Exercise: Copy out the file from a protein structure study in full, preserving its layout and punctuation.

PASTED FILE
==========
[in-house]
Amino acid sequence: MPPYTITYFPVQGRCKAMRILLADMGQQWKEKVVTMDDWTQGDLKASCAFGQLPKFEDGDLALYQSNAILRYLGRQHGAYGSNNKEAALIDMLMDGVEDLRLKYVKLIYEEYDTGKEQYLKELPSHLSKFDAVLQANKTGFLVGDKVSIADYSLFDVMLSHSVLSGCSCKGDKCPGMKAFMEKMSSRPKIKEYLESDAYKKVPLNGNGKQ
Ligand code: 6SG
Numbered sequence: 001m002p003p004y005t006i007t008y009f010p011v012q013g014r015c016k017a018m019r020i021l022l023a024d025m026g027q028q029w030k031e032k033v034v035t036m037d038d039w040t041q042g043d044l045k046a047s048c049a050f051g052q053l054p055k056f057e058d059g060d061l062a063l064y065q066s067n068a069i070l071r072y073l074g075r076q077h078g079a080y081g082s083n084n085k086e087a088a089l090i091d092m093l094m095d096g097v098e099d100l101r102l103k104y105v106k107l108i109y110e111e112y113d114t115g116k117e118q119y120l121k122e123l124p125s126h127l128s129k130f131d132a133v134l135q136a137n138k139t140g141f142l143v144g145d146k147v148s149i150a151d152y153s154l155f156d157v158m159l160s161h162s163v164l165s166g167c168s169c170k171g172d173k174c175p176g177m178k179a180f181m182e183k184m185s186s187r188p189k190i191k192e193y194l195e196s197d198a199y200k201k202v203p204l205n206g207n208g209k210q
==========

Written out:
[in-house]
Amino acid sequence: MPPYTITYFPVQGRCKAMRILLADMGQQWKEKVVTMDDWTQGDLKASCAFGQLPKFEDGDLALYQSNAILRYLGRQHGAYGSNNKEAALIDMLMDGVEDLRLKYVKLIYEEYDTGKEQYLKELPSHLSKFDAVLQANKTGFLVGDKVSIADYSLFDVMLSHSVLSGCSCKGDKCPGMKAFMEKMSSRPKIKEYLESDAYKKVPLNGNGKQ
Ligand code: 6SG
Numbered sequence: 001m002p003p004y005t006i007t008y009f010p011v012q013g014r015c016k017a018m019r020i021l022l023a024d025m026g027q028q029w030k031e032k033v034v035t036m037d038d039w040t041q042g043d044l045k046a047s048c049a050f051g052q053l054p055k056f057e058d059g060d061l062a063l064y065q066s067n068a069i070l071r072y073l074g075r076q077h078g079a080y081g082s083n084n085k086e087a088a089l090i091d092m093l094m095d096g097v098e099d100l101r102l103k104y105v106k107l108i109y110e111e112y113d114t115g116k117e118q119y120l121k122e123l124p125s126h127l128s129k130f131d132a133v134l135q136a137n138k139t140g141f142l143v144g145d146k147v148s149i150a151d152y153s154l155f156d157v158m159l160s161h162s163v164l165s166g167c168s169c170k171g172d173k174c175p176g177m178k179a180f181m182e183k184m185s186s187r188p189k190i191k192e193y194l195e196s197d198a199y200k201k202v203p204l205n206g207n208g209k210q